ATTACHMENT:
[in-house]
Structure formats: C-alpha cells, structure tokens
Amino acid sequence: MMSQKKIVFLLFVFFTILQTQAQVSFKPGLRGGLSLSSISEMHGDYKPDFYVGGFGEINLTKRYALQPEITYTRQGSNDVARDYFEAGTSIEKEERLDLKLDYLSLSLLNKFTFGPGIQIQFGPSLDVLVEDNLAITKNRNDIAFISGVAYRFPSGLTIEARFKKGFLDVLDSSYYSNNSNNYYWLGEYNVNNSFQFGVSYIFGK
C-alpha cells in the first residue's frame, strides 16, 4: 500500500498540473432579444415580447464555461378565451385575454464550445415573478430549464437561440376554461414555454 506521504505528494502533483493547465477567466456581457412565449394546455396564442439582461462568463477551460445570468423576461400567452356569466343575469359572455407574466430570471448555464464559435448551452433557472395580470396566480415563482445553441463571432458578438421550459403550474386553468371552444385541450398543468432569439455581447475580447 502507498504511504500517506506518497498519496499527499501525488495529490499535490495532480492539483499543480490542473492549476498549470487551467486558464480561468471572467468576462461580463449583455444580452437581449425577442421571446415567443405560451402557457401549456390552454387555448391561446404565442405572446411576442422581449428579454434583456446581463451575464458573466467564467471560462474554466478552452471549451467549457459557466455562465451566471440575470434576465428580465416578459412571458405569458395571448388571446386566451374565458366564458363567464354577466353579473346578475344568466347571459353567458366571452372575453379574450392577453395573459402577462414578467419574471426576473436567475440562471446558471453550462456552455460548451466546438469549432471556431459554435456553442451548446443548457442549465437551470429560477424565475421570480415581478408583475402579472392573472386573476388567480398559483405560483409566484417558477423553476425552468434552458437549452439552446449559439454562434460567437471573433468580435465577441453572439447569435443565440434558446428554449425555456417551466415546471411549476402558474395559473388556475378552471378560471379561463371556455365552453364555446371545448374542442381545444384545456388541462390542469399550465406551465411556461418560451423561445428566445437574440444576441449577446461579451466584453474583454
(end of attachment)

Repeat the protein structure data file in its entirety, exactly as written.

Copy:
[in-house]
Structure formats: C-alpha cells, structure tokens
Amino acid sequence: MMSQKKIVFLLFVFFTILQTQAQVSFKPGLRGGLSLSSISEMHGDYKPDFYVGGFGEINLTKRYALQPEITYTRQGSNDVARDYFEAGTSIEKEERLDLKLDYLSLSLLNKFTFGPGIQIQFGPSLDVLVEDNLAITKNRNDIAFISGVAYRFPSGLTIEARFKKGFLDVLDSSYYSNNSNNYYWLGEYNVNNSFQFGVSYIFGK
C-alpha cells in the first residue's frame, strides 16, 4: 500500500498540473432579444415580447464555461378565451385575454464550445415573478430549464437561440376554461414555454 506521504505528494502533483493547465477567466456581457412565449394546455396564442439582461462568463477551460445570468423576461400567452356569466343575469359572455407574466430570471448555464464559435448551452433557472395580470396566480415563482445553441463571432458578438421550459403550474386553468371552444385541450398543468432569439455581447475580447 502507498504511504500517506506518497498519496499527499501525488495529490499535490495532480492539483499543480490542473492549476498549470487551467486558464480561468471572467468576462461580463449583455444580452437581449425577442421571446415567443405560451402557457401549456390552454387555448391561446404565442405572446411576442422581449428579454434583456446581463451575464458573466467564467471560462474554466478552452471549451467549457459557466455562465451566471440575470434576465428580465416578459412571458405569458395571448388571446386566451374565458366564458363567464354577466353579473346578475344568466347571459353567458366571452372575453379574450392577453395573459402577462414578467419574471426576473436567475440562471446558471453550462456552455460548451466546438469549432471556431459554435456553442451548446443548457442549465437551470429560477424565475421570480415581478408583475402579472392573472386573476388567480398559483405560483409566484417558477423553476425552468434552458437549452439552446449559439454562434460567437471573433468580435465577441453572439447569435443565440434558446428554449425555456417551466415546471411549476402558474395559473388556475378552471378560471379561463371556455365552453364555446371545448374542442381545444384545456388541462390542469399550465406551465411556461418560451423561445428566445437574440444576441449577446461579451466584453474583454